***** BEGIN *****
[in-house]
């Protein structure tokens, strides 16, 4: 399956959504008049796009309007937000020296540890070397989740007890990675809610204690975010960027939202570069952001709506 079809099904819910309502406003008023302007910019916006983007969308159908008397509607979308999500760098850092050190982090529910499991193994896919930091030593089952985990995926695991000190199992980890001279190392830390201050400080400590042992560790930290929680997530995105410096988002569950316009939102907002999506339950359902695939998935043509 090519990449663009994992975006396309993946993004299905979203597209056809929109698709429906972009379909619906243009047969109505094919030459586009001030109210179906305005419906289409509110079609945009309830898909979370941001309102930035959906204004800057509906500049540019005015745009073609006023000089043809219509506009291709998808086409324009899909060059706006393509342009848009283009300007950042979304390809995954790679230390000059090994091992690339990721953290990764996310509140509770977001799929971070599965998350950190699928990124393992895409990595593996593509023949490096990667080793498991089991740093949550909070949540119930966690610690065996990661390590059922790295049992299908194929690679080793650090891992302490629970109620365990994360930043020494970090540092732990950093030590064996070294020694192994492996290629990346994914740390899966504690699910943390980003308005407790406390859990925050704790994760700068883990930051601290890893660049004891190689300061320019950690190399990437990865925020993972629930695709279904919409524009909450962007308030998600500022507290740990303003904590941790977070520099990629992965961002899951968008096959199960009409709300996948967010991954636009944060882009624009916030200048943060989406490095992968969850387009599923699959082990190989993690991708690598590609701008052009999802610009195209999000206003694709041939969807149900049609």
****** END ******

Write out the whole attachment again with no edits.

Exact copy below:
[in-house]
């Protein structure tokens, strides 16, 4: 399956959504008049796009309007937000020296540890070397989740007890990675809610204690975010960027939202570069952001709506 079809099904819910309502406003008023302007910019916006983007969308159908008397509607979308999500760098850092050190982090529910499991193994896919930091030593089952985990995926695991000190199992980890001279190392830390201050400080400590042992560790930290929680997530995105410096988002569950316009939102907002999506339950359902695939998935043509 090519990449663009994992975006396309993946993004299905979203597209056809929109698709429906972009379909619906243009047969109505094919030459586009001030109210179906305005419906289409509110079609945009309830898909979370941001309102930035959906204004800057509906500049540019005015745009073609006023000089043809219509506009291709998808086409324009899909060059706006393509342009848009283009300007950042979304390809995954790679230390000059090994091992690339990721953290990764996310509140509770977001799929971070599965998350950190699928990124393992895409990595593996593509023949490096990667080793498991089991740093949550909070949540119930966690610690065996990661390590059922790295049992299908194929690679080793650090891992302490629970109620365990994360930043020494970090540092732990950093030590064996070294020694192994492996290629990346994914740390899966504690699910943390980003308005407790406390859990925050704790994760700068883990930051601290890893660049004891190689300061320019950690190399990437990865925020993972629930695709279904919409524009909450962007308030998600500022507290740990303003904590941790977070520099990629992965961002899951968008096959199960009409709300996948967010991954636009944060882009624009916030200048943060989406490095992968969850387009599923699959082990190989993690991708690598590609701008052009999802610009195209999000206003694709041939969807149900049609």